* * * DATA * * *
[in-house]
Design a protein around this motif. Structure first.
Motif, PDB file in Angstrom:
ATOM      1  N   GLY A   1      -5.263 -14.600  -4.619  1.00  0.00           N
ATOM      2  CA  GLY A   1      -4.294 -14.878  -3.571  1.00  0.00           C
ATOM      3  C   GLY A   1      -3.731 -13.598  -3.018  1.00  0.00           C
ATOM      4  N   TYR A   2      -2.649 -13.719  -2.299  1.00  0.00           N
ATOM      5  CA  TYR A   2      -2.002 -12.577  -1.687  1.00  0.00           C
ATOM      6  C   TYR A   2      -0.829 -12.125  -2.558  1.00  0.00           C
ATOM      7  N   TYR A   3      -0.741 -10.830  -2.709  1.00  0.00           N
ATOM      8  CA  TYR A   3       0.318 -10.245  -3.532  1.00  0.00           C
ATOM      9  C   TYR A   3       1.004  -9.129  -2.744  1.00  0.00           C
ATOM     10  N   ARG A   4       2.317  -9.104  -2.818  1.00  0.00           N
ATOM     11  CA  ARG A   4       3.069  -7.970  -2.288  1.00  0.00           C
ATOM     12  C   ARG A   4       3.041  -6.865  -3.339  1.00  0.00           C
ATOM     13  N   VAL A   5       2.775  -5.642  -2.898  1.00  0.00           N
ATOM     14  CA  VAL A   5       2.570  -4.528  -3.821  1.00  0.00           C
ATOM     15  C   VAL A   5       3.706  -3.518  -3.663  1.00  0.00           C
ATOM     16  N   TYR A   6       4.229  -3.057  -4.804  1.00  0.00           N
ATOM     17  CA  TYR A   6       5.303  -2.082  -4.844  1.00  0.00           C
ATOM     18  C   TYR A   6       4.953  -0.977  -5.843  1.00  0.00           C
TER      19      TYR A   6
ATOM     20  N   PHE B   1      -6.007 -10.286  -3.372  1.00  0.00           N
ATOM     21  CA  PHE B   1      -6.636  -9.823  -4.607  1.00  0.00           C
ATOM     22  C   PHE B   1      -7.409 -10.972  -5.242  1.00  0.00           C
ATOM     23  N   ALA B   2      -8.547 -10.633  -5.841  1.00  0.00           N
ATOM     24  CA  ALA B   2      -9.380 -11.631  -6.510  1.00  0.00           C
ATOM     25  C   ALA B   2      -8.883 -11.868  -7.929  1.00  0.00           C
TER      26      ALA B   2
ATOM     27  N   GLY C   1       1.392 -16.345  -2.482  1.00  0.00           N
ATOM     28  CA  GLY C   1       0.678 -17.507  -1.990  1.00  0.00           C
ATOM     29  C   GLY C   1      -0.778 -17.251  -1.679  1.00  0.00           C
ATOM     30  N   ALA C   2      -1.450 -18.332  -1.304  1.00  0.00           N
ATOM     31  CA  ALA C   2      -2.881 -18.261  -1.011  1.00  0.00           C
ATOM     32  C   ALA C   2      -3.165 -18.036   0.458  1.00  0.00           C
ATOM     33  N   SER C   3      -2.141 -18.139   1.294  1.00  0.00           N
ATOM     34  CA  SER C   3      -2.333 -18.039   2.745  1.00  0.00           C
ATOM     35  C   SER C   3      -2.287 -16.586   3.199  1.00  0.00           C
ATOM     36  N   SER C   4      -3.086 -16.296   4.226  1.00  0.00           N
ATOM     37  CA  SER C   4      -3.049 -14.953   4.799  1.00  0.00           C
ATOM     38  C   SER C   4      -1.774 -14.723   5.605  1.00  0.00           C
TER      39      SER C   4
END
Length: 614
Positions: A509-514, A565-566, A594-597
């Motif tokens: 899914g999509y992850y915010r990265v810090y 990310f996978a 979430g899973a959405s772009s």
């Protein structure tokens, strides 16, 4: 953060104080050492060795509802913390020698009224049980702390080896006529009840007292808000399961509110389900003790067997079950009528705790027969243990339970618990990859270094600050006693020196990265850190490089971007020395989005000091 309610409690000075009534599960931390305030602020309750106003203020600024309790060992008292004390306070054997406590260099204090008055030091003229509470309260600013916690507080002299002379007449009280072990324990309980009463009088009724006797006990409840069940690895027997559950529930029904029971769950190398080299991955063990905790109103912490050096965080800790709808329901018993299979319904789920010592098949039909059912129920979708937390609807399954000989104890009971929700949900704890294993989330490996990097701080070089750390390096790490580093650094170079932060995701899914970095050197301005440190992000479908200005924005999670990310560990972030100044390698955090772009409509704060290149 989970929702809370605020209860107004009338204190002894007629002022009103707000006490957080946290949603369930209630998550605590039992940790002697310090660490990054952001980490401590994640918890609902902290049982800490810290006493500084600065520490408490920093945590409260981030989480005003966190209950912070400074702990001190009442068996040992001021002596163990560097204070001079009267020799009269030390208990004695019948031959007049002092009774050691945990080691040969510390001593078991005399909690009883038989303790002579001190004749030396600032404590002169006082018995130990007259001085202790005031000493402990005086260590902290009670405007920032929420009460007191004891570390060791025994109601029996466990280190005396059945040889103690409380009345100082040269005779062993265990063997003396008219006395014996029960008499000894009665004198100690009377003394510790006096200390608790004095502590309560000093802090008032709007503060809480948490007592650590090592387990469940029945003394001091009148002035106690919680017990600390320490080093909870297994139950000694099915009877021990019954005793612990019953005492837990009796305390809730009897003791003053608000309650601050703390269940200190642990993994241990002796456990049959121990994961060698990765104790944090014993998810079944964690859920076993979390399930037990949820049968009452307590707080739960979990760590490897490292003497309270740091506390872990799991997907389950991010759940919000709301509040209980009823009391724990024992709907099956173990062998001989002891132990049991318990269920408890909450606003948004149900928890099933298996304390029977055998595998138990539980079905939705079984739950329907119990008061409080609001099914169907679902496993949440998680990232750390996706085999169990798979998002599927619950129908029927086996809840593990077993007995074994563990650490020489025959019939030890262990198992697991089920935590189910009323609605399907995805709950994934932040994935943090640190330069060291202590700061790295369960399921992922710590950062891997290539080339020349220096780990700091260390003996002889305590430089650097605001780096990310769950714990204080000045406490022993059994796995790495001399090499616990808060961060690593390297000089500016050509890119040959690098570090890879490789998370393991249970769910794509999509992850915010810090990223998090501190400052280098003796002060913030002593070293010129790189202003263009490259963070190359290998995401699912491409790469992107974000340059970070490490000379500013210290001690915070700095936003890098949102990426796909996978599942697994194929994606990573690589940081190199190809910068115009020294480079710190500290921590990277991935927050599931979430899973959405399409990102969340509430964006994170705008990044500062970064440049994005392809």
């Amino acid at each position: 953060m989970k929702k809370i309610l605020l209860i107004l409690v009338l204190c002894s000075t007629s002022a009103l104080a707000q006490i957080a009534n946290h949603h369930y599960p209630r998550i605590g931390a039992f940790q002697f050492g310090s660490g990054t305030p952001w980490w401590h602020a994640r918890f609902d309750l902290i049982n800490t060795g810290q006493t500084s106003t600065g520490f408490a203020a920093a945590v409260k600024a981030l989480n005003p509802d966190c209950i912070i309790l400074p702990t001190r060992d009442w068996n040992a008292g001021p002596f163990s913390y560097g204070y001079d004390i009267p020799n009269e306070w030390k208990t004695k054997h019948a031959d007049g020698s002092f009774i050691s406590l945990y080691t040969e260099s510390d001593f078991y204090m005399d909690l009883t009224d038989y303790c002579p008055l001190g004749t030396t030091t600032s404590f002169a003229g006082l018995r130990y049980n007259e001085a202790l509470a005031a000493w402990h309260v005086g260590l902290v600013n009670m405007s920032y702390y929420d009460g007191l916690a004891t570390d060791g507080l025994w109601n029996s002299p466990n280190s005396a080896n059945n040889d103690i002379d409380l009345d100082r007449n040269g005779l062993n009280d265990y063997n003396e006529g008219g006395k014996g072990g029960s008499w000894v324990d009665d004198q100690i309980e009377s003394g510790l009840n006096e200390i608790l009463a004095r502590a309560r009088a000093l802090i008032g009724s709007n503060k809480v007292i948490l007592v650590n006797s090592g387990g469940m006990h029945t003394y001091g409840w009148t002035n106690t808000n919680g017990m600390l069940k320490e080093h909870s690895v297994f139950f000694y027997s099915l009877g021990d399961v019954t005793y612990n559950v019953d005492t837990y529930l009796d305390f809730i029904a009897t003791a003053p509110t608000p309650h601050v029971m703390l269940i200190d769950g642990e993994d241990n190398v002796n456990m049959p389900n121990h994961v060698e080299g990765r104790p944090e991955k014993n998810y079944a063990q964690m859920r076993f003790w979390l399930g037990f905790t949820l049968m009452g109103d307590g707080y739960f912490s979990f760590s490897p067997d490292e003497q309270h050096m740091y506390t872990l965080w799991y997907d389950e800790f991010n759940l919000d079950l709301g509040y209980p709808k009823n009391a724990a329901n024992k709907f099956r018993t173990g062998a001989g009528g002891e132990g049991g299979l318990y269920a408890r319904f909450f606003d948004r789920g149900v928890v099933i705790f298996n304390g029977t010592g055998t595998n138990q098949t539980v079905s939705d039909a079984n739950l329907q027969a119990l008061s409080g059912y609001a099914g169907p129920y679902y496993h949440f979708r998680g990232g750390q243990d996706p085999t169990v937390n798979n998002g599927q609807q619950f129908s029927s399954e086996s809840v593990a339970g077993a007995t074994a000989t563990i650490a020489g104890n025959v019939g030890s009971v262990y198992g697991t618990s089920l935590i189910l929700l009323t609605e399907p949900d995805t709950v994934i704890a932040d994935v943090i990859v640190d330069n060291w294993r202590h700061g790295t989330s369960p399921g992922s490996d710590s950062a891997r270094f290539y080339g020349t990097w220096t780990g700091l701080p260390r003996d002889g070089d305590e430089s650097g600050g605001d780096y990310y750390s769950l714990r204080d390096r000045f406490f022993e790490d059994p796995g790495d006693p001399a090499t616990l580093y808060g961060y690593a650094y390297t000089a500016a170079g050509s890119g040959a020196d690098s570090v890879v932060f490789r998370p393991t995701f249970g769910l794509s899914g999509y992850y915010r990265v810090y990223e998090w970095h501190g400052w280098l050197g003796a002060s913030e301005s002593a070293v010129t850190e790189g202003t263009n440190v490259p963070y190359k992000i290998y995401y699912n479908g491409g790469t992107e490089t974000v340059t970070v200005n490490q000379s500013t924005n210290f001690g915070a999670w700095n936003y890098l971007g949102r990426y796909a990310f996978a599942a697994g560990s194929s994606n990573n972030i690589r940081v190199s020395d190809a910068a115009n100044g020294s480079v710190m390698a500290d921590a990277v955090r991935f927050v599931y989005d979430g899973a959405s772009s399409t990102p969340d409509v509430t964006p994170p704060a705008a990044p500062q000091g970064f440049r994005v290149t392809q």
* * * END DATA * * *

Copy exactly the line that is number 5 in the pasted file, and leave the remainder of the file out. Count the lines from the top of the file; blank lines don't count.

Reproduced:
ATOM      2  CA  GLY A   1      -4.294 -14.878  -3.571  1.00  0.00           C